In general, there's an improvement in the quality of materials, and specifically, in the feel of plastic surfaces. The 911 still isn't quite up to snuff with the best luxury sedans in its price range, but it now comes much closer to what consumers expect at its price levels. You no longer have to spring for expensive options to get an interior finish that matches the car's overall quality.
The steering wheel has a contemporary three-spoke design, and its leather-wrapped rim is thicker and grippier than ever. As it often is at Porsche, there's more going on here than meets the eye. The steering wheel's core structure is an expensive magnesium alloy, which weighs less than the old steel/aluminum structure. More significantly, the wheel adjusts both up and down and fore and aft for the first time (albeit manually). This is also the first 911 to offer redundant controls on the steering wheel hub that operated the audio and navigation systems or the optional telephone.
The newest Carreras feel a bit roomier than their predecessors, and we suspect more comfortable for larger drivers. The difference is a combination of small things, like the adjustable wheel and a slight repositioning of the pedals toward the front of the car. The front seats, already among the best going, have been redesigned. They have higher bolstering on the bottoms and back, but they actually feel roomier. The width of both cushions seems to have increased, especially near the top of the back around the shoulders. The seats are mounted lower to the floor, creating a bit more headroom.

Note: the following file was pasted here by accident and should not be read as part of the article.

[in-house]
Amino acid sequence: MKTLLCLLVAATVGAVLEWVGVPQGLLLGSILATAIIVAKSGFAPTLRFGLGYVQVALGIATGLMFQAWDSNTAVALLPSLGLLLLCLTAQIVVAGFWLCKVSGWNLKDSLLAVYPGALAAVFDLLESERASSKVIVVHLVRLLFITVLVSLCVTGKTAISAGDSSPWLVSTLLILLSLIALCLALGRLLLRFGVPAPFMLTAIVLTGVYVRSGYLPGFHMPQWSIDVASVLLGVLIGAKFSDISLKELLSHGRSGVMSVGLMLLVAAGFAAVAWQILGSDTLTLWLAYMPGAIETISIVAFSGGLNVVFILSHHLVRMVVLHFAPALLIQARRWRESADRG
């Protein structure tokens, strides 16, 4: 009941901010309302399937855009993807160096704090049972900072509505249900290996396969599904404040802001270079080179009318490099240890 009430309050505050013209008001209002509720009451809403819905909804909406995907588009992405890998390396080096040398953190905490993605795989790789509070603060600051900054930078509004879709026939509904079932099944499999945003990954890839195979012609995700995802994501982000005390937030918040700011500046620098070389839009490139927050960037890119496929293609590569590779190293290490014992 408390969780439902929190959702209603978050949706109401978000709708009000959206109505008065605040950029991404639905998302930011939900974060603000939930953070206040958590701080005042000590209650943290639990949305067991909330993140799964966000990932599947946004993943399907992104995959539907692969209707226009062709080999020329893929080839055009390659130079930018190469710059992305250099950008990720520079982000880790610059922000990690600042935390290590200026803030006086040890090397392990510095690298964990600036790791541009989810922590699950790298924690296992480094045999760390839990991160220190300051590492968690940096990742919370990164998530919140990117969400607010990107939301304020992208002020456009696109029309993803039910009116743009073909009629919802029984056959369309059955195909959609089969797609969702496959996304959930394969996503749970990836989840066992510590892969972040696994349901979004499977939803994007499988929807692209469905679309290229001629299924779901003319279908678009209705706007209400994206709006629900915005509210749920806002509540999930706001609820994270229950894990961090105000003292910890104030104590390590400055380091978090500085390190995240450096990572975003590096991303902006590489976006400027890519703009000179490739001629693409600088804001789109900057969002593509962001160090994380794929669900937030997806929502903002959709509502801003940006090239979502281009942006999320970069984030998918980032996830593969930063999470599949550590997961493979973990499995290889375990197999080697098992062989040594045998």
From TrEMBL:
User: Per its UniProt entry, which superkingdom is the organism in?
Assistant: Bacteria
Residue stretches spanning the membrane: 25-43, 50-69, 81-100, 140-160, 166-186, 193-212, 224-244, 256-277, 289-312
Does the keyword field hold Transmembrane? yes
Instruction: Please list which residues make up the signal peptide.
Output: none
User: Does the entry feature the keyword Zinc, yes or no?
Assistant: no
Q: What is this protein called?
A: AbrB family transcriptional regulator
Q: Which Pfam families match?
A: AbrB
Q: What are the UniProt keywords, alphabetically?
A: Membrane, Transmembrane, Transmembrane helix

We found the optional sports seats in the Carrera S fantastic. They are more aggressively bolstered than the standard seats, and a bit firmer under bottom. Still, they remained supremely comfortable during a three-hour stretch at the wheel.
The gauges are spread in a larger pod than before, and the faces themselves are larger. The script and backlighting make them as legible as ever, but the extra space between them makes absorbing the information displayed a little less tedious. The dash vents are larger, and the climate control system seems to move more air at full bore than it did previously. The climate controls are located in the center stack. From an aesthetic point of view, they're the least appealing part of the new interior, but functionally they work fine.
The 911's slickest option could be the Sport Chrono Package. It's most obvious component is almost glaring to anyone familiar with this car: a jewel-like chronograph sprouting from the center of the dash. Flick a switch on the dash, then start or stop the chronograph with a switch on one of the steering wheel stalks, and it will display acceleration or lap times. What you don't see are the adjustments in electronic controls that occur when the chrono is switched on. The electronic throttle switches to its most aggressive mode (meaning the most gas for a given amount of pedal application), and the anti-skid electronics give a driver a lot more rope to get into trouble with. A history of recorded times can be displayed on the nav system screen for comparison. A gimmick? Maybe, but you'll probably want it if you decide to do some lapping, at a Porsche Club of America track event, for example.